According to the Pew Research Center, more than one in three U.S. workers today are Millennials (adults between the ages of 14 to 34).
This year they surpassed the Diversity/ Gen X cohort to become, along with Baby Boomers, the largest share of the American workforce. The U.S. is experiencing one of its most diverse times when it comes to generations in the workforce.
What are the implications of the generational differences in the workforce and how do they play out, specifically, in areas of public health and health administration? Dr. Susan Nohelty and Dr. James V. Gambone*, doctoral co-lead faculty members in the Capella University School of Nursing and Health Sciences, share their thoughts on these differences and how they may impact these two fields both now and also in the future.
Three Generations in the Workforce
There are currently three different generations working together in the public health and health administration fields, as well as the workforce as a whole:
- Baby Boomers, who have now been around the longest and were born between 1945 and 1963.
- Diversity Generation/ Gen X members, who were born between 1964 and 1981.
- Millennials, born between 1982 and 2002.
Gambone explains that leaders in the workplace need to understand and embrace generational differences, as well as race and gender and the many other characteristics of diversity. How leaders deal with these differences will shape their professional relationships and motivate those who are working with them.
“It is important to first understand that each generation has developed different core values, which makes their personalities and work styles different. During their formative years (10-20) they experienced different political, economic, educational, and parenting circumstances which have contributed to the development of their own unique generational ‘core values.’ We need to understand these different core values in order to develop successful workplace engagement and retention strategies,” says Gambone.
Unique Skills, Personalities, and Methods of Communication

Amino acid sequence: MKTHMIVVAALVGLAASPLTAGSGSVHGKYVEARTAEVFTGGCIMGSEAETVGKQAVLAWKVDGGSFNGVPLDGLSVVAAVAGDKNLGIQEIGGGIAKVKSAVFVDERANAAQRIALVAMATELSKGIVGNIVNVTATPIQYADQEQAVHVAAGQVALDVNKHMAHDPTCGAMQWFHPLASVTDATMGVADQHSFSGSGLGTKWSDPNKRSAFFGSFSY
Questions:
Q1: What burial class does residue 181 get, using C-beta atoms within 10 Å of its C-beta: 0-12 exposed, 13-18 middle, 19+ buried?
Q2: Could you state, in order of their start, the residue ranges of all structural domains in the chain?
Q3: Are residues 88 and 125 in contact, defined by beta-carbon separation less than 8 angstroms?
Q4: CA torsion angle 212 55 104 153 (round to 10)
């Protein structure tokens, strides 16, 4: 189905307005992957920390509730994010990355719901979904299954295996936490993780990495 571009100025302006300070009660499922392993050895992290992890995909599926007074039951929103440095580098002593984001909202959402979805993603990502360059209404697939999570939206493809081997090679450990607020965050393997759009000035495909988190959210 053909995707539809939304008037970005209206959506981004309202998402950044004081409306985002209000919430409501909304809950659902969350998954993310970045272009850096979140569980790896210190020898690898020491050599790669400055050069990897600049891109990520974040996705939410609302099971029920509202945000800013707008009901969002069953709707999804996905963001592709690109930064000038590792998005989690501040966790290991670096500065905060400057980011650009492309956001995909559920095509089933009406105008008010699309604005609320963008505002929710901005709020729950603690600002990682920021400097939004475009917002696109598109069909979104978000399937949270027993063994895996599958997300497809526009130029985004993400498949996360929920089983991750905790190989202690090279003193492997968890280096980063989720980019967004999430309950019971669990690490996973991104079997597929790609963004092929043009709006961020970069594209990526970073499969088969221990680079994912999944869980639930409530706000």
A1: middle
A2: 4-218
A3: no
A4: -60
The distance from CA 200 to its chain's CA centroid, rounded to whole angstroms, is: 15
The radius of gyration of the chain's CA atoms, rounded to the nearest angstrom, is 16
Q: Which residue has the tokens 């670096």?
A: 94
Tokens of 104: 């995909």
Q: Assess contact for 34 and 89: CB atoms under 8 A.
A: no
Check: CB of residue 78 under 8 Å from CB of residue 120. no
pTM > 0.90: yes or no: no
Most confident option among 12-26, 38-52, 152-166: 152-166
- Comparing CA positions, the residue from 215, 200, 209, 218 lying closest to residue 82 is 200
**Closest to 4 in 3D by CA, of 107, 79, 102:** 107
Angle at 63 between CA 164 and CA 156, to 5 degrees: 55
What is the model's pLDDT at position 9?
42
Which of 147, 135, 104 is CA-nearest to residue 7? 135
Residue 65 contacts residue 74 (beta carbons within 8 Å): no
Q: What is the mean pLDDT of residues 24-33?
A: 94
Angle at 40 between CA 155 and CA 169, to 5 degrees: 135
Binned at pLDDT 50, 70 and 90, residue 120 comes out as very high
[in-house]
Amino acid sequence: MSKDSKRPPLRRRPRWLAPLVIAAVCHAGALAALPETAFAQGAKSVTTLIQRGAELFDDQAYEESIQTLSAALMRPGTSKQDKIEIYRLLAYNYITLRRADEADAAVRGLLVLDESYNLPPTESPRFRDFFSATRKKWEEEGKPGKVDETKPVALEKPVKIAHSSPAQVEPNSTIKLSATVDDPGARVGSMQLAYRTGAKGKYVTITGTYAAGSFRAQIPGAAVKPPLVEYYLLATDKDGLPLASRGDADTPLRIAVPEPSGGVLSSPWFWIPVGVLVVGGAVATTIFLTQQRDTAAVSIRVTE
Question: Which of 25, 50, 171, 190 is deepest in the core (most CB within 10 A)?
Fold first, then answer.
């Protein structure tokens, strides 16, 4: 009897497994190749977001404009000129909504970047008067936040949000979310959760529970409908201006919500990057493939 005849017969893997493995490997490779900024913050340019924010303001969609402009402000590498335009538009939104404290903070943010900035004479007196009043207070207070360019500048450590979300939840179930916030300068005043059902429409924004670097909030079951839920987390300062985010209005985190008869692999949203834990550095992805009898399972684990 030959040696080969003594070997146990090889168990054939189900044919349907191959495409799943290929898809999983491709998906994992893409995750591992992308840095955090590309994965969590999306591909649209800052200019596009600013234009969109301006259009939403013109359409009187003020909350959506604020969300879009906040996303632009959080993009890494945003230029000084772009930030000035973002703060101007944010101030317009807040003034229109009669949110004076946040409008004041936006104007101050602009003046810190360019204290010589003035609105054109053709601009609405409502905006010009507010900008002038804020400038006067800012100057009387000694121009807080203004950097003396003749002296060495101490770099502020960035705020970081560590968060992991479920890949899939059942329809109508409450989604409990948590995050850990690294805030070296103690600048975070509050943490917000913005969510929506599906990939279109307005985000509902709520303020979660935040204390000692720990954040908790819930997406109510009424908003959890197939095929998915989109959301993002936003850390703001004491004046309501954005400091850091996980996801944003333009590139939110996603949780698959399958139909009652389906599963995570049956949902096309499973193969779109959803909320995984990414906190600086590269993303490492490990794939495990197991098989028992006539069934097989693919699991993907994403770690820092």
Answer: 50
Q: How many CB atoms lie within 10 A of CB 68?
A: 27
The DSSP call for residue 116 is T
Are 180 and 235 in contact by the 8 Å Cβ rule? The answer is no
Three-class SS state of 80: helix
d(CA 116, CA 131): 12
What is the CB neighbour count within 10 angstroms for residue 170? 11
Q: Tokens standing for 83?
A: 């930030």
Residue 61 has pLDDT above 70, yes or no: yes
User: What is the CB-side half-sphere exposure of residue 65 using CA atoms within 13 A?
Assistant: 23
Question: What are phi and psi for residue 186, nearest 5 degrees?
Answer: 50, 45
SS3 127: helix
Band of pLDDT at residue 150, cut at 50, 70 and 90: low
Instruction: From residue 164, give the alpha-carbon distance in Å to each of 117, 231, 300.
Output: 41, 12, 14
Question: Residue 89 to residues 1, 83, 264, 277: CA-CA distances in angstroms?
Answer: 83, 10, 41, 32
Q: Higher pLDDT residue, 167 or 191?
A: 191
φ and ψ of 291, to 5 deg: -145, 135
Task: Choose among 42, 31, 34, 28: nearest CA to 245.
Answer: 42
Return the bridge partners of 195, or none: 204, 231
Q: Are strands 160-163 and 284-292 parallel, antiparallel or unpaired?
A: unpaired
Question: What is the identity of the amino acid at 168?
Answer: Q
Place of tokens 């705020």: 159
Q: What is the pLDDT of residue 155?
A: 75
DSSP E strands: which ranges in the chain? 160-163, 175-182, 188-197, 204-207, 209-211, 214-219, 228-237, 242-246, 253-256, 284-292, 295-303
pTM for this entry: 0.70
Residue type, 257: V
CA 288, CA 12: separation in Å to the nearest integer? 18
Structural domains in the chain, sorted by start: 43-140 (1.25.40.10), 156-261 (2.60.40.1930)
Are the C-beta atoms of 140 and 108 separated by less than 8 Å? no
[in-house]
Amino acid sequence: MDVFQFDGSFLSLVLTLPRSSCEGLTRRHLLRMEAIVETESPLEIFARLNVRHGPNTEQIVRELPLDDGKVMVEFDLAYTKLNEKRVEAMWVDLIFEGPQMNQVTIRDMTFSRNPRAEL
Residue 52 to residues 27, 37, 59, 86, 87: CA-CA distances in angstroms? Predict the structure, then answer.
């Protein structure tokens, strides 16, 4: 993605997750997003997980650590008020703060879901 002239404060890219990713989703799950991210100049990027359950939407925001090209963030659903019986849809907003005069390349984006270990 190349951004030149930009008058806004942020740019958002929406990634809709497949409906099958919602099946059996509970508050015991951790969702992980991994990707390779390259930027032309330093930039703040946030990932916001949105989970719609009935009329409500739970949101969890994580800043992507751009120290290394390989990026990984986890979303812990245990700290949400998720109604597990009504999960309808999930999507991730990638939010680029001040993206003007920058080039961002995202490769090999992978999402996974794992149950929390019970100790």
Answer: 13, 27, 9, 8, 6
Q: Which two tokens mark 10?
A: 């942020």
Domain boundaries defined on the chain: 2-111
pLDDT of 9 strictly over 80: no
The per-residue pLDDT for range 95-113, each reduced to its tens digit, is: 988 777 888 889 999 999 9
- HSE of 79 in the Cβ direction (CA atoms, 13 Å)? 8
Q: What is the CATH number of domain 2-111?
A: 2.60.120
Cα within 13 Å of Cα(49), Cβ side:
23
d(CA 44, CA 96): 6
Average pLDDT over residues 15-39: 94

Here’s a breakdown of some of the unique characteristics of each generation in the health care and public health field:
- For Baby Boomers, work is an exciting adventure. Nohelty describes them as workaholics who work efficiently and find personal fulfillment and meaning in work, desire quality, and question authority. When in positions of leadership, they work towards consensus within a collegial environment. They like to interact in meetings and enjoy being part of a team. They prefer to communicate in person. They don’t necessarily like feedback; however, they are motivated by money and title recognition.
- The Diversity Generation/ Gen X view themselves as self-reliant; however, they want structure and direction. Nohelty states that work to them is like a contract, and can feel like a difficult challenge. When in leadership positions, they view everyone on an equal basis; they like to challenge others, and will often ask “why.” Their communication style is direct and immediate. This generation likes immediate feedback, and will often interrupt their superior to ask how they are doing. Their best reward is freedom to do their job without constant oversight.\
- Gambone points out that Millennials are good at multitasking and generally good team workers; they are tenacious, entrepreneurial, tolerant, and group goal-oriented. Work to them is a means to an end. This is not surprising given the fact that most of them were team taught while they were developing their core values. Their leadership style is more democratic in nature, and they like to participate with others. They look for authenticity in the workplace—do you really walk your talk? Their communication style is through email and voice mail and social media. They want feedback all the time and have a “want it now” attitude. Reward to them is meaningful work.